The four volumes of Kristina Sabaliauskaitė's historical saga Silva Rerum (2008–2016) have sold more than a quarter million copies in her native Lithuania. They have also become popular internationally, with translations in Polish and Latvian. Why has the series resonated with readers? Because it is deeply connected with the Lithuanian identity and character and reflects back to Lithuanians from whence they came. But the saga is also timely, and it is no coincidence that people have felt the need to look to the past to understand the present. —Ed Nawotka

It took me nearly 10 years to muster the courage to write Silva Rerum, published between 2008 and 2016. I had trained as an art historian and worked as a foreign correspondent, so the writing wasn't what was intimidating. Instead, it was the thought of how to do such a big, beautiful story justice.

The inspiration was the history of the Polish-Lithuanian Commonwealth, the great empire that lasted from the 16th to the 18th century. It was one of the biggest in Europe, yet it was wiped from the map in 1795, partitioned by Prussia, Austria, and Russia. As I was doing research for my PhD dissertation, I found documents, letters, and memoirs from that period, work that embodied a wide variety of cultures, ideas, passions, and extraordinary lives, and it became clear that this material would be great for a contemporary historical novel. Suddenly several things in our history that I was used to taking for granted—such as our location at the cultural border where the West meets the East, the coexistence of different religions and communities, and the relatively strong legal position of Lithuanian women in comparison to that in Western Europe (and hence the extraordinary, strong female historical characters)—appeared in context. All this felt worth writing about and showing to a wider audience. I also wanted to share the exotic, meVsmerizing beauty of this part of the past.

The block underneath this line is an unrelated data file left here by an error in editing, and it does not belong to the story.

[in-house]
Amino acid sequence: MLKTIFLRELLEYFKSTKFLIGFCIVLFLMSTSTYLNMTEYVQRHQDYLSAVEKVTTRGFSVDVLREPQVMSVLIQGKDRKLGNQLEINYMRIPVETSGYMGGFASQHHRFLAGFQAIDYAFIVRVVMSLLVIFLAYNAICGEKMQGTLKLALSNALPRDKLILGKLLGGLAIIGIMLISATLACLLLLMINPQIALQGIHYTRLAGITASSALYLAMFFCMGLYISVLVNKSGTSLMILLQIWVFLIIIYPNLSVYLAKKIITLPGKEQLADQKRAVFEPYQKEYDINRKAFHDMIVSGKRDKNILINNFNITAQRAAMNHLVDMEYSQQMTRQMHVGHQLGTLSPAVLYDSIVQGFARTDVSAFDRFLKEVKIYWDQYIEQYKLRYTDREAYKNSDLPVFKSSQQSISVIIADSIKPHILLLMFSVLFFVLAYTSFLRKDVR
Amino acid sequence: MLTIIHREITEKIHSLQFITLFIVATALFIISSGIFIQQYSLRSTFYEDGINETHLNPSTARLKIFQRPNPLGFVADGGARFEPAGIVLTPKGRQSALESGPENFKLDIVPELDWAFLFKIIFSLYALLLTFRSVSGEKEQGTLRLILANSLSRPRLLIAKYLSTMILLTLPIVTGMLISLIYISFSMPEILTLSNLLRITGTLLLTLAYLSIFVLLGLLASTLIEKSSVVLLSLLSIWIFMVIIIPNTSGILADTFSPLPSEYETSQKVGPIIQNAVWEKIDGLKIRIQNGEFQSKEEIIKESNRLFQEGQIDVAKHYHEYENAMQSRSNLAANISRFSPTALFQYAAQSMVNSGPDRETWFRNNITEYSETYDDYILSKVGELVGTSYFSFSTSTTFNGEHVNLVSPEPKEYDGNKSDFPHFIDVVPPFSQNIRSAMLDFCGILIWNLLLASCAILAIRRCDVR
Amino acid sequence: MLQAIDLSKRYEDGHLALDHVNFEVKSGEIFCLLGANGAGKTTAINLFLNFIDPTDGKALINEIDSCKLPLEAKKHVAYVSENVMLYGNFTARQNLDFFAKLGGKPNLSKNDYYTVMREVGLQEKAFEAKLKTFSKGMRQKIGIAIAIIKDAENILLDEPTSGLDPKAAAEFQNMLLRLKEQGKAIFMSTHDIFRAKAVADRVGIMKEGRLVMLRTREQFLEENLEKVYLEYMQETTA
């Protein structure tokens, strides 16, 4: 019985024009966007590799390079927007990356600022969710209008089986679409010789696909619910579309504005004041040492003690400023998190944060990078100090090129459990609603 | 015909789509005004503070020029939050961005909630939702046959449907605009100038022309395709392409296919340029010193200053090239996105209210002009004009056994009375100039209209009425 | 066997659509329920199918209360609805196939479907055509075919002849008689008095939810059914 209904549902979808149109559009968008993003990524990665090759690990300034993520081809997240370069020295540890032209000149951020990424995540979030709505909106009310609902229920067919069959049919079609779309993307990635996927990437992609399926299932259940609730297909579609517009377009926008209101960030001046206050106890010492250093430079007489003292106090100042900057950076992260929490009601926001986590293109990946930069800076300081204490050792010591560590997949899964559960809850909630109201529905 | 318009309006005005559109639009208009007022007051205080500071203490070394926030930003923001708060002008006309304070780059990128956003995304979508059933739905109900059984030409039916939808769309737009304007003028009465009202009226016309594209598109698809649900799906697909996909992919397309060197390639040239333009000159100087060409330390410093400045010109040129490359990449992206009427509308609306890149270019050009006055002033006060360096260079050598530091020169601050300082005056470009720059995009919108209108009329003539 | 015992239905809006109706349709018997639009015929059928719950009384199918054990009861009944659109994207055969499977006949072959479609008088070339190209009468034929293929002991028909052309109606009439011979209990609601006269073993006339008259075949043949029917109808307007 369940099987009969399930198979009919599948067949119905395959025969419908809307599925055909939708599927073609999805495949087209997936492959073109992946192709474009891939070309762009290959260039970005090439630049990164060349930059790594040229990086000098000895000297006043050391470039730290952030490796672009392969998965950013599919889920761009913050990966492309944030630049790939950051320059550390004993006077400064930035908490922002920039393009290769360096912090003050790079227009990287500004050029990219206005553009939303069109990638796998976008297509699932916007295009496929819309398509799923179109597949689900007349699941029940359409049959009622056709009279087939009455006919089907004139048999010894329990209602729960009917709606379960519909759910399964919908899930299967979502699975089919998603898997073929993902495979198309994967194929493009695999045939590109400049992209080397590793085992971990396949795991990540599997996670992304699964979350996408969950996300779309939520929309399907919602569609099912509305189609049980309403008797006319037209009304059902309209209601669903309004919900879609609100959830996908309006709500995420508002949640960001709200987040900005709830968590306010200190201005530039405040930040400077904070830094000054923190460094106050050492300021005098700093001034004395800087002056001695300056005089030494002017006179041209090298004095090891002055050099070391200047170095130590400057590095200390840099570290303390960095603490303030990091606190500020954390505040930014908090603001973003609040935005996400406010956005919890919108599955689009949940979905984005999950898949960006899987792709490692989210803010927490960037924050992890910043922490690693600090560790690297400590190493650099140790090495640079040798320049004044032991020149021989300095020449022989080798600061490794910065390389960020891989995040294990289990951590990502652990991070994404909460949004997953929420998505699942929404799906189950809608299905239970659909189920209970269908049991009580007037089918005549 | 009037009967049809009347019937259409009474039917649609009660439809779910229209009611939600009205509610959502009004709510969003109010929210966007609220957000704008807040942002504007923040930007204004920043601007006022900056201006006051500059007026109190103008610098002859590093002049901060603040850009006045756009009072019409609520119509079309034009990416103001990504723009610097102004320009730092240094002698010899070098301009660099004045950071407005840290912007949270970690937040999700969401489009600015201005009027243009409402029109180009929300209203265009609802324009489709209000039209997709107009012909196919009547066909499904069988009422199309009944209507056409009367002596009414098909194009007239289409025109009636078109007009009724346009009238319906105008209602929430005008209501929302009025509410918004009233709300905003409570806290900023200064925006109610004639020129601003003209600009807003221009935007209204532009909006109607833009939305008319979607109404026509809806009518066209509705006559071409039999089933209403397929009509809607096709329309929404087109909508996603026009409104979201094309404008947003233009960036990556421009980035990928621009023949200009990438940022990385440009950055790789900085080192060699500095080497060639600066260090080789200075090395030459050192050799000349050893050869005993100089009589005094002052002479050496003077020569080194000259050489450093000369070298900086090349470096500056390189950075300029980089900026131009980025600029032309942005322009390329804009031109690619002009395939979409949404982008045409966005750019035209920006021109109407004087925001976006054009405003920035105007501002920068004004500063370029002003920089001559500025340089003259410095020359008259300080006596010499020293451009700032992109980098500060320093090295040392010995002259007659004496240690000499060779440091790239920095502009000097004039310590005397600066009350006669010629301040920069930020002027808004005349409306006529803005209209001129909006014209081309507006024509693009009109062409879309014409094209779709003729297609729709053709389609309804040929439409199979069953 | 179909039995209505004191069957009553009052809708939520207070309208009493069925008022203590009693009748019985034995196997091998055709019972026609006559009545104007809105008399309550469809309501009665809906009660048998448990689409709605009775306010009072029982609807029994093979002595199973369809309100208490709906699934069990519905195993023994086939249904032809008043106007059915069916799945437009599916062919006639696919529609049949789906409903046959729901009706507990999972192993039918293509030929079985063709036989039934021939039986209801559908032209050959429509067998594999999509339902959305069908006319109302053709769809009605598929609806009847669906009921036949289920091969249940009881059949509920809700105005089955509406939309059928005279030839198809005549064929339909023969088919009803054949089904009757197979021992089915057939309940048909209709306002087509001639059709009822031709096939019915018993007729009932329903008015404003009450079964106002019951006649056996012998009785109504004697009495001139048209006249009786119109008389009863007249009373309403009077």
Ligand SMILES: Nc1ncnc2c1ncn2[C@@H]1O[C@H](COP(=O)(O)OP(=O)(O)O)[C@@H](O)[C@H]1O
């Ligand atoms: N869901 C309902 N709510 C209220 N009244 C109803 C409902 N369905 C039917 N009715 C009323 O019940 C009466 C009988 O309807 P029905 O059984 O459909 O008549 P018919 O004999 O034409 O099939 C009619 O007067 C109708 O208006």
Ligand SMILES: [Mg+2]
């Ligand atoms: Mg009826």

I spent a decade researching, letting the idea mature, and fermenting my idea about how to develop what I call the contemporary historical novel, one that would be different from the traditional historical novel, which usually depicts the great characters and great events of textbook history. Instead, I would focus on the microhistories of those who usually fall outside of the historian's view: women and children, national minorities, tradespeople and city folk, all ranks, high and low. I wanted to depict history as seen from different perspectives, an epoch's life experienced on different levels, all without compromising literary quality. There was probably some zeitgeist at play, for it was just a year after the first volume of Silva Rerum was published, in 2008, that Hilary Mantel's historical novel Wolf Hall was published, which went on to win the Man Booker Prize and brought the historical genre back into the realm of high literature. Other great, contemporary historical novels originated in the past decade in France, Italy, and Poland.